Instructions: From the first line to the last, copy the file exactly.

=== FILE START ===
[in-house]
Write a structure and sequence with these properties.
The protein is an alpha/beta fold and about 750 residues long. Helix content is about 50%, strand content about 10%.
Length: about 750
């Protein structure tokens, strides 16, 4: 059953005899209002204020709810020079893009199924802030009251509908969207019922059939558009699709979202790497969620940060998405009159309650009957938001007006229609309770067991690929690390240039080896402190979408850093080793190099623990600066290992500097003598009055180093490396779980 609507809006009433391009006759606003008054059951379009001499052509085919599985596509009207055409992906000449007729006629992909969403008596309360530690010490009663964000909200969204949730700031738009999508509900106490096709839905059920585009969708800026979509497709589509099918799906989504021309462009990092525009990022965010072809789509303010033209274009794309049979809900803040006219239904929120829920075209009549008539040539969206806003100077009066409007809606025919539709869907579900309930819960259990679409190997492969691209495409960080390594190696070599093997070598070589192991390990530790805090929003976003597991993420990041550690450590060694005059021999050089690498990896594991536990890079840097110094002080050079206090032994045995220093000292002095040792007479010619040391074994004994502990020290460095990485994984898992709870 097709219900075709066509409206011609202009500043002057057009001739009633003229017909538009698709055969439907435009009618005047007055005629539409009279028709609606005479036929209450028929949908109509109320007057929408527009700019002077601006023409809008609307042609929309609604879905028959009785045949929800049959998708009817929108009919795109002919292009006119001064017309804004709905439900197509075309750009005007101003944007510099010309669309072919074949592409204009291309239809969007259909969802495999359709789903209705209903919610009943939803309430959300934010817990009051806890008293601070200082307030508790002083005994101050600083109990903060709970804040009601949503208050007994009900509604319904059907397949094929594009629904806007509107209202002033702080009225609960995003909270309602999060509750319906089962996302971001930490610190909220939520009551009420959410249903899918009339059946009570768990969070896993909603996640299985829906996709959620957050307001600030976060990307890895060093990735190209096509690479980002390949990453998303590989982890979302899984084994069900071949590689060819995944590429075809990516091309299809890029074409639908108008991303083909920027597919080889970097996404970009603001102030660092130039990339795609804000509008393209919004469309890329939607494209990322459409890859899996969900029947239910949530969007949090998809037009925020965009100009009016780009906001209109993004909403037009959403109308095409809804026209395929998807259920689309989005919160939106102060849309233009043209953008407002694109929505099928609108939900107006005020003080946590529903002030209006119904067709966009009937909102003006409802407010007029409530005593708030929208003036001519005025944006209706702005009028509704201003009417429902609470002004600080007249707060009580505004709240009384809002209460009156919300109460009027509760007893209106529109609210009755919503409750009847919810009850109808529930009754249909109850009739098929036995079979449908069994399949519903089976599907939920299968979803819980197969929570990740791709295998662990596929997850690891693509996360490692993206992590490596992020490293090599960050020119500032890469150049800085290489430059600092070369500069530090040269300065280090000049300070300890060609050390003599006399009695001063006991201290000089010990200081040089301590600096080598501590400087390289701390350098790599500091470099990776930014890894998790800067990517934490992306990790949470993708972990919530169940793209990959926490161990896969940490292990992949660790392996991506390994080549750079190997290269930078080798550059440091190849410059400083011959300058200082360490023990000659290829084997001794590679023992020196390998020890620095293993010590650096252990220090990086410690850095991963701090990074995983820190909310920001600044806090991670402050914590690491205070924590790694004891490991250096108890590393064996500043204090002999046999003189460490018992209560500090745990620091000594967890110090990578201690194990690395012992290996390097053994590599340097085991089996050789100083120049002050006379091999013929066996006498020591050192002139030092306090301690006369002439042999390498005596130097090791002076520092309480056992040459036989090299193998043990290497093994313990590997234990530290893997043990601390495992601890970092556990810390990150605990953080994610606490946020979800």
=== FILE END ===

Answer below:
[in-house]
Write a structure and sequence with these properties.
The protein is an alpha/beta fold and about 750 residues long. Helix content is about 50%, strand content about 10%.
Length: about 750
């Protein structure tokens, strides 16, 4: 059953005899209002204020709810020079893009199924802030009251509908969207019922059939558009699709979202790497969620940060998405009159309650009957938001007006229609309770067991690929690390240039080896402190979408850093080793190099623990600066290992500097003598009055180093490396779980 609507809006009433391009006759606003008054059951379009001499052509085919599985596509009207055409992906000449007729006629992909969403008596309360530690010490009663964000909200969204949730700031738009999508509900106490096709839905059920585009969708800026979509497709589509099918799906989504021309462009990092525009990022965010072809789509303010033209274009794309049979809900803040006219239904929120829920075209009549008539040539969206806003100077009066409007809606025919539709869907579900309930819960259990679409190997492969691209495409960080390594190696070599093997070598070589192991390990530790805090929003976003597991993420990041550690450590060694005059021999050089690498990896594991536990890079840097110094002080050079206090032994045995220093000292002095040792007479010619040391074994004994502990020290460095990485994984898992709870 097709219900075709066509409206011609202009500043002057057009001739009633003229017909538009698709055969439907435009009618005047007055005629539409009279028709609606005479036929209450028929949908109509109320007057929408527009700019002077601006023409809008609307042609929309609604879905028959009785045949929800049959998708009817929108009919795109002919292009006119001064017309804004709905439900197509075309750009005007101003944007510099010309669309072919074949592409204009291309239809969007259909969802495999359709789903209705209903919610009943939803309430959300934010817990009051806890008293601070200082307030508790002083005994101050600083109990903060709970804040009601949503208050007994009900509604319904059907397949094929594009629904806007509107209202002033702080009225609960995003909270309602999060509750319906089962996302971001930490610190909220939520009551009420959410249903899918009339059946009570768990969070896993909603996640299985829906996709959620957050307001600030976060990307890895060093990735190209096509690479980002390949990453998303590989982890979302899984084994069900071949590689060819995944590429075809990516091309299809890029074409639908108008991303083909920027597919080889970097996404970009603001102030660092130039990339795609804000509008393209919004469309890329939607494209990322459409890859899996969900029947239910949530969007949090998809037009925020965009100009009016780009906001209109993004909403037009959403109308095409809804026209395929998807259920689309989005919160939106102060849309233009043209953008407002694109929505099928609108939900107006005020003080946590529903002030209006119904067709966009009937909102003006409802407010007029409530005593708030929208003036001519005025944006209706702005009028509704201003009417429902609470002004600080007249707060009580505004709240009384809002209460009156919300109460009027509760007893209106529109609210009755919503409750009847919810009850109808529930009754249909109850009739098929036995079979449908069994399949519903089976599907939920299968979803819980197969929570990740791709295998662990596929997850690891693509996360490692993206992590490596992020490293090599960050020119500032890469150049800085290489430059600092070369500069530090040269300065280090000049300070300890060609050390003599006399009695001063006991201290000089010990200081040089301590600096080598501590400087390289701390350098790599500091470099990776930014890894998790800067990517934490992306990790949470993708972990919530169940793209990959926490161990896969940490292990992949660790392996991506390994080549750079190997290269930078080798550059440091190849410059400083011959300058200082360490023990000659290829084997001794590679023992020196390998020890620095293993010590650096252990220090990086410690850095991963701090990074995983820190909310920001600044806090991670402050914590690491205070924590790694004891490991250096108890590393064996500043204090002999046999003189460490018992209560500090745990620091000594967890110090990578201690194990690395012992290996390097053994590599340097085991089996050789100083120049002050006379091999013929066996006498020591050192002139030092306090301690006369002439042999390498005596130097090791002076520092309480056992040459036989090299193998043990290497093994313990590997234990530290893997043990601390495992601890970092556990810390990150605990953080994610606490946020979800």